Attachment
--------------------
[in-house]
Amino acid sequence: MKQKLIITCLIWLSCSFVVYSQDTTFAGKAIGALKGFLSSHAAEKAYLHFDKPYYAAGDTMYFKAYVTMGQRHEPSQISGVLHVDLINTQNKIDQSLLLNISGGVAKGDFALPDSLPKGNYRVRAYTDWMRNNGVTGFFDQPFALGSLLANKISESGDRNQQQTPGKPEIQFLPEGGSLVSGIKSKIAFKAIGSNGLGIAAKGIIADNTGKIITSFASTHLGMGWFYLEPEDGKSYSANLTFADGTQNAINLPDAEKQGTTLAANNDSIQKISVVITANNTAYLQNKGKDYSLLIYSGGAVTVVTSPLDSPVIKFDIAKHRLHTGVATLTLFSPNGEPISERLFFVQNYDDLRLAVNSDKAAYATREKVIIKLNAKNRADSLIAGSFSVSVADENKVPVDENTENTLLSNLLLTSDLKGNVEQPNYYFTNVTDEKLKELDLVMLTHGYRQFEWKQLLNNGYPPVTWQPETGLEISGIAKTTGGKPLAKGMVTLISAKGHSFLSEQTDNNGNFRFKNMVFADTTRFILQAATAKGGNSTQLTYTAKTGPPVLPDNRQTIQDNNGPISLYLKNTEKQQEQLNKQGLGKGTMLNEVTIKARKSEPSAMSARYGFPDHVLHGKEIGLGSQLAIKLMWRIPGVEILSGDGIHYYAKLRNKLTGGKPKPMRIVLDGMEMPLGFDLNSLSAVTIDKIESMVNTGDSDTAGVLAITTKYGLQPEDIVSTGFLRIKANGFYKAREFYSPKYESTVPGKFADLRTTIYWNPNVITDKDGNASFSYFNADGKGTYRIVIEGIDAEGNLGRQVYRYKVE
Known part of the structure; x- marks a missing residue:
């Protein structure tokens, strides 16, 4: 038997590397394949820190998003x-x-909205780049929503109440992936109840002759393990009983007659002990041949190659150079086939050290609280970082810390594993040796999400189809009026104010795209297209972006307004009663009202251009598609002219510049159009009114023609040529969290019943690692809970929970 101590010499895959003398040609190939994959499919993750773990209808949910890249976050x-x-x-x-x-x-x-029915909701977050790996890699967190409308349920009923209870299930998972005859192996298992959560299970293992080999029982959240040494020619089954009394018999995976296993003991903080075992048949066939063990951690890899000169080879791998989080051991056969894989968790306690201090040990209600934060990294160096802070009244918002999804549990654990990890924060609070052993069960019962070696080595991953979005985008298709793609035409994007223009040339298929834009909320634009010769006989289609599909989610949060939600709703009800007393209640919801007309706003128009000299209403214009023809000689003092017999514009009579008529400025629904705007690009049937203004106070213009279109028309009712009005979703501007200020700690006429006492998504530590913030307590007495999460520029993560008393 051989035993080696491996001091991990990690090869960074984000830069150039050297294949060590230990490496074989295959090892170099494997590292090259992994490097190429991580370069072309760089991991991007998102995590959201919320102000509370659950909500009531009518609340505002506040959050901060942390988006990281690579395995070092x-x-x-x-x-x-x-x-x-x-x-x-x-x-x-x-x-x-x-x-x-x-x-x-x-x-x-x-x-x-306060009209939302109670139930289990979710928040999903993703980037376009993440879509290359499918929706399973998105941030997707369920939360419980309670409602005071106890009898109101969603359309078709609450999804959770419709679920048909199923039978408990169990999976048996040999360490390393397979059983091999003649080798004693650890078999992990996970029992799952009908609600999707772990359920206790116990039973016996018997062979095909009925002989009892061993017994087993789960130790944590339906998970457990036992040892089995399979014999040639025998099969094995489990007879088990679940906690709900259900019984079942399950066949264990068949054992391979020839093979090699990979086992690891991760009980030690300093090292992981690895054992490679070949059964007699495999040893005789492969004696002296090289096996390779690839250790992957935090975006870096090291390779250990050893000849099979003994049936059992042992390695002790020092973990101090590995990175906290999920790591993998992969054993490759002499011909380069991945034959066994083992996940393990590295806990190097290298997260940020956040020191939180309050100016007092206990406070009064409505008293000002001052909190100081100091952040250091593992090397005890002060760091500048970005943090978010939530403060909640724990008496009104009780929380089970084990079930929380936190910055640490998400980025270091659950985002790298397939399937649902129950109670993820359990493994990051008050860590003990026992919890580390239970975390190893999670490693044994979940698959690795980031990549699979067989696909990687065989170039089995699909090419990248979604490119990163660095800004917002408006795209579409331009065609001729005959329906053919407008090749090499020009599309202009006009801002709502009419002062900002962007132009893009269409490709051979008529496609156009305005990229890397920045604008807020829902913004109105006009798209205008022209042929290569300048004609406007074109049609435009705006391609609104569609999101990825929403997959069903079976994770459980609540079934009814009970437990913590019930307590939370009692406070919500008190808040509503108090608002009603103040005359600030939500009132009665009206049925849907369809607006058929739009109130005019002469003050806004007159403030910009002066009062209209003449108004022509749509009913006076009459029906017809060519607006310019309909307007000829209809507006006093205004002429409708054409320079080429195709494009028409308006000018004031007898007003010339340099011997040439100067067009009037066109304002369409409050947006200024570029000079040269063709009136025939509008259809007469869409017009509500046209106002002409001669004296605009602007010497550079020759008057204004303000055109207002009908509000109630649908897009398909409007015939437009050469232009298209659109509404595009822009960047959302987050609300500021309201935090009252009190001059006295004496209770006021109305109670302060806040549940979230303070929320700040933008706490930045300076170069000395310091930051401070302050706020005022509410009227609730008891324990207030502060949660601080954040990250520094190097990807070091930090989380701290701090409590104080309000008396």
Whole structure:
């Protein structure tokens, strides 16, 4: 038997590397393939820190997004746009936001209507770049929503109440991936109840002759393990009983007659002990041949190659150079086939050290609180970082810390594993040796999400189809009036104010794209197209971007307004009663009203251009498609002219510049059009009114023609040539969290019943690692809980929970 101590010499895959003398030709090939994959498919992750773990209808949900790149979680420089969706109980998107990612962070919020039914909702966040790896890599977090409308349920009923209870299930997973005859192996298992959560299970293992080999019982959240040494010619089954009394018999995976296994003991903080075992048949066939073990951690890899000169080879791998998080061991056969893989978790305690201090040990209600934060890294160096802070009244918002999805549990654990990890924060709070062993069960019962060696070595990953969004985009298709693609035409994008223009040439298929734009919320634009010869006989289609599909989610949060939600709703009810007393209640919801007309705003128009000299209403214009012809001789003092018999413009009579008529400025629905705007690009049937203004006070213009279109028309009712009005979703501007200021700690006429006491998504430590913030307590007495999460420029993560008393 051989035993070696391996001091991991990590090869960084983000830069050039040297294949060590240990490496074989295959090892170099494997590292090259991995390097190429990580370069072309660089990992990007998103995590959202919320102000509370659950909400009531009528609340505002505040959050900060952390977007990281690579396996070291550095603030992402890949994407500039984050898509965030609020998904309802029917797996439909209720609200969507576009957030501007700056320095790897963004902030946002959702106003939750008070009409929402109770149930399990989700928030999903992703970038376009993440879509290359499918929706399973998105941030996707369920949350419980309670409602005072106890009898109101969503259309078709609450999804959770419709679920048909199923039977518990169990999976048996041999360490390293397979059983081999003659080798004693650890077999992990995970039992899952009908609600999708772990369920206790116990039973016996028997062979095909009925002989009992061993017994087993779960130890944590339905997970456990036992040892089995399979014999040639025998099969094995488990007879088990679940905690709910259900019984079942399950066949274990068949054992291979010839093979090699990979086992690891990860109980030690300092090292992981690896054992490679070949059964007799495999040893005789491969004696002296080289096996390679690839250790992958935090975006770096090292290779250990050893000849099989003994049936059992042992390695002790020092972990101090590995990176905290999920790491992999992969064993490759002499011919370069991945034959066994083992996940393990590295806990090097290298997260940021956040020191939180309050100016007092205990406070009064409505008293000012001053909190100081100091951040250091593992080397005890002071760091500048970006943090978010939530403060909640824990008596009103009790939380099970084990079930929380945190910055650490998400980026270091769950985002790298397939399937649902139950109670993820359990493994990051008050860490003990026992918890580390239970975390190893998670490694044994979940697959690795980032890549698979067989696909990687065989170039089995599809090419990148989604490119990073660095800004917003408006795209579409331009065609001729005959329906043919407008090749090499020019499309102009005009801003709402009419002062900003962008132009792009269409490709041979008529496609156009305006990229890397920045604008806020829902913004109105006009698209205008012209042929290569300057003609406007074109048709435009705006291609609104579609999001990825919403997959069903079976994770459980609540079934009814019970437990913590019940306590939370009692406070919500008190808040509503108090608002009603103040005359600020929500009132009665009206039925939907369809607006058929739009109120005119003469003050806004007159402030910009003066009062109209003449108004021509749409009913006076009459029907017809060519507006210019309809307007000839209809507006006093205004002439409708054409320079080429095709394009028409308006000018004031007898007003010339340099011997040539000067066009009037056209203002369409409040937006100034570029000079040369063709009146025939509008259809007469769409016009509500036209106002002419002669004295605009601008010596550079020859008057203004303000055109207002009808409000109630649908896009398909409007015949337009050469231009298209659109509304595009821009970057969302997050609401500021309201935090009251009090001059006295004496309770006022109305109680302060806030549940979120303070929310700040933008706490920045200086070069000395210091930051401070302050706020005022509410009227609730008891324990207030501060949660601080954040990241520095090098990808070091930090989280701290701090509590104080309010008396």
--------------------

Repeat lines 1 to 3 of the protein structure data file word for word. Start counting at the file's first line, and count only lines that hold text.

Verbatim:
[in-house]
Amino acid sequence: MKQKLIITCLIWLSCSFVVYSQDTTFAGKAIGALKGFLSSHAAEKAYLHFDKPYYAAGDTMYFKAYVTMGQRHEPSQISGVLHVDLINTQNKIDQSLLLNISGGVAKGDFALPDSLPKGNYRVRAYTDWMRNNGVTGFFDQPFALGSLLANKISESGDRNQQQTPGKPEIQFLPEGGSLVSGIKSKIAFKAIGSNGLGIAAKGIIADNTGKIITSFASTHLGMGWFYLEPEDGKSYSANLTFADGTQNAINLPDAEKQGTTLAANNDSIQKISVVITANNTAYLQNKGKDYSLLIYSGGAVTVVTSPLDSPVIKFDIAKHRLHTGVATLTLFSPNGEPISERLFFVQNYDDLRLAVNSDKAAYATREKVIIKLNAKNRADSLIAGSFSVSVADENKVPVDENTENTLLSNLLLTSDLKGNVEQPNYYFTNVTDEKLKELDLVMLTHGYRQFEWKQLLNNGYPPVTWQPETGLEISGIAKTTGGKPLAKGMVTLISAKGHSFLSEQTDNNGNFRFKNMVFADTTRFILQAATAKGGNSTQLTYTAKTGPPVLPDNRQTIQDNNGPISLYLKNTEKQQEQLNKQGLGKGTMLNEVTIKARKSEPSAMSARYGFPDHVLHGKEIGLGSQLAIKLMWRIPGVEILSGDGIHYYAKLRNKLTGGKPKPMRIVLDGMEMPLGFDLNSLSAVTIDKIESMVNTGDSDTAGVLAITTKYGLQPEDIVSTGFLRIKANGFYKAREFYSPKYESTVPGKFADLRTTIYWNPNVITDKDGNASFSYFNADGKGTYRIVIEGIDAEGNLGRQVYRYKVE
Known part of the structure; x- marks a missing residue: